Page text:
Borage has escaped the frost and still blooms
The absolute last rose of summer
Hidden beauty of Nasturtiums
These little zinnias are really tough reliable bloomers
The sorrel is still out there for egg dishes
Flat leaf parsley tastes best after a touch of frost
This white borage is really a great plant - I will have to search for seed to save
Even the Alpines still have a few fruits
Spinach for next spring
Most of the leaves have colored and fallen but this viburnum is still showing
The days have been warm recently. The meadow voles really did damage the lettuce crops (ate it all !!!) in the cold frames and as a result I replanted this week. I had to use a variety of old seed that may or may not germinate because I planted all the specialized winter type seed that I had purchased. I will make a note not to do that again. The spinach has germinated nicely in the hoop house so I included pictures this week. Leaf raking is done and most of them are piled on the curb waiting to join the other leaves in the city compost piles. That site is close, so in the spring I can go there to get extra compost to add to the garden.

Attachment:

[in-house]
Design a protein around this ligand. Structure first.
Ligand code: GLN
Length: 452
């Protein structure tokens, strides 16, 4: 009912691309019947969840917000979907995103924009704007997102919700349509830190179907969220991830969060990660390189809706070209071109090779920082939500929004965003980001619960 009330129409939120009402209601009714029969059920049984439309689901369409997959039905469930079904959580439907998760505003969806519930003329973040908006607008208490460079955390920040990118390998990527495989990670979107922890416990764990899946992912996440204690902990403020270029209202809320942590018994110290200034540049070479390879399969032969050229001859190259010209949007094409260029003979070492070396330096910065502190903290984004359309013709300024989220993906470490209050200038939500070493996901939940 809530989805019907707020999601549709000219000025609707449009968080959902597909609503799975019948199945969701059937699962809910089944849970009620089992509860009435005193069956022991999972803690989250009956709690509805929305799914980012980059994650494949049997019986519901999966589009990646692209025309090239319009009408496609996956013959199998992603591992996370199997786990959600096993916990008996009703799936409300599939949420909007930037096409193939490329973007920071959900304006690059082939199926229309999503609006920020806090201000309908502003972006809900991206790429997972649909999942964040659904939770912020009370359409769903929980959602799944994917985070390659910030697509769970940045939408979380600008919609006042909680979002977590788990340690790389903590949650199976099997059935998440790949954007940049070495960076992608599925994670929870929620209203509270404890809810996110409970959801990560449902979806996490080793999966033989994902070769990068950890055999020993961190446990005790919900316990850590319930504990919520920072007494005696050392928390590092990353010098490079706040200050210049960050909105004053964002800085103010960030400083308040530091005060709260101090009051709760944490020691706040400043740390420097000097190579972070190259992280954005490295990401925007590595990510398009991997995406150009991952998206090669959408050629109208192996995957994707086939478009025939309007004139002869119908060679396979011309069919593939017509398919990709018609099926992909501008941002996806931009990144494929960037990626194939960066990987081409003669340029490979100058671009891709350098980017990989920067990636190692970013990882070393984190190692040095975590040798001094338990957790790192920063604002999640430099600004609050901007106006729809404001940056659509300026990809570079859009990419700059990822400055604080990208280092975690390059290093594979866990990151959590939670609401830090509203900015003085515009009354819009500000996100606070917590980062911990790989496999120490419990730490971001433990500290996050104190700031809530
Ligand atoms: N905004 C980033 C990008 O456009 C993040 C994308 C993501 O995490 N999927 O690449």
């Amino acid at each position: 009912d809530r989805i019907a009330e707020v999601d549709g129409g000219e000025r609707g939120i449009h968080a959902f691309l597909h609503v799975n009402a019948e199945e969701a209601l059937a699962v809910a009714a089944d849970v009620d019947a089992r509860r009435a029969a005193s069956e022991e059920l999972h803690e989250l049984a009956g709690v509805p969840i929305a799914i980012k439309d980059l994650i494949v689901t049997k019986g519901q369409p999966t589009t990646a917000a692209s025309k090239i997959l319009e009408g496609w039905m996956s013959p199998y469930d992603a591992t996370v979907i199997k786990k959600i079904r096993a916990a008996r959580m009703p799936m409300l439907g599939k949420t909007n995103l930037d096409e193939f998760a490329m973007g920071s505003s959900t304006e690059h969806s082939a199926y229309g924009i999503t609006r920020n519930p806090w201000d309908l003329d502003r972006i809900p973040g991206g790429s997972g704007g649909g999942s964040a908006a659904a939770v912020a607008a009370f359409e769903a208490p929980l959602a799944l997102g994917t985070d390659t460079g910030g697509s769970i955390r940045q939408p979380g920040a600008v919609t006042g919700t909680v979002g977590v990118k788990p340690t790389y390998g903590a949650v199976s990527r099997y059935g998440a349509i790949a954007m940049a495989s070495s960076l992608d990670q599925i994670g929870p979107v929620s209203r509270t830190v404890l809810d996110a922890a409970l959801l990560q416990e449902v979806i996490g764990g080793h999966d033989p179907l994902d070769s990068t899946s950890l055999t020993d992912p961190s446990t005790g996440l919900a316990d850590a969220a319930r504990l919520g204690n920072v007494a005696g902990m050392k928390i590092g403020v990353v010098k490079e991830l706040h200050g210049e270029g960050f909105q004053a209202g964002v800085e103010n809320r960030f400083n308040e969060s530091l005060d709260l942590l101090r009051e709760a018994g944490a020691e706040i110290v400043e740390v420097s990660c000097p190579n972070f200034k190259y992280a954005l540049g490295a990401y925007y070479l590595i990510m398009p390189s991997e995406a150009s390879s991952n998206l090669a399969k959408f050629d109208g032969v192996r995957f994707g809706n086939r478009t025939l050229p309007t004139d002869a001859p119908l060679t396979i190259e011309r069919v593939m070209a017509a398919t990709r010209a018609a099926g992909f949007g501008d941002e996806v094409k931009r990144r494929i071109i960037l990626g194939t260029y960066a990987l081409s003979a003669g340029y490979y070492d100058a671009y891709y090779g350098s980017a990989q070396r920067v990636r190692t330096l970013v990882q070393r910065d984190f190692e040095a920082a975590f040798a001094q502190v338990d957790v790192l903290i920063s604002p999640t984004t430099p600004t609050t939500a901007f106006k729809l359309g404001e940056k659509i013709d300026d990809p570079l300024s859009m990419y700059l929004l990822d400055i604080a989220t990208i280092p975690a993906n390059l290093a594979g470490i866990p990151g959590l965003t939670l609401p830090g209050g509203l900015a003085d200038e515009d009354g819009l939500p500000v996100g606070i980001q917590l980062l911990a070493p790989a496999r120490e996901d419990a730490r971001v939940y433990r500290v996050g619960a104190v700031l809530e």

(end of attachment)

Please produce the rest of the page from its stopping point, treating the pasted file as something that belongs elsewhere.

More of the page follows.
We are still planning to enlarge the garden but a new prospect has been discussed. Instead of having a rail fence around the yard and another fence around the garden to keep the bunnies out, we have discussed fencing the entire back yard and eliminating the garden fence. I like that idea because then I can walk in and out of the garden wherever I please, and eliminate bunnies from the entire back yard. I think we will work on that plan and see just what it will cost as part of the garden projects for 2010.
The winter rye seed has germinated nicely and the green cover crop will grow till freeze-up and then next spring I will till the rye into the soil. I have done this for many years and the process has greatly helped me lighten my heavy soil and add good organic fiber to the mix.
With the garden work much slower at this time of year I will decrease my postings to every other week.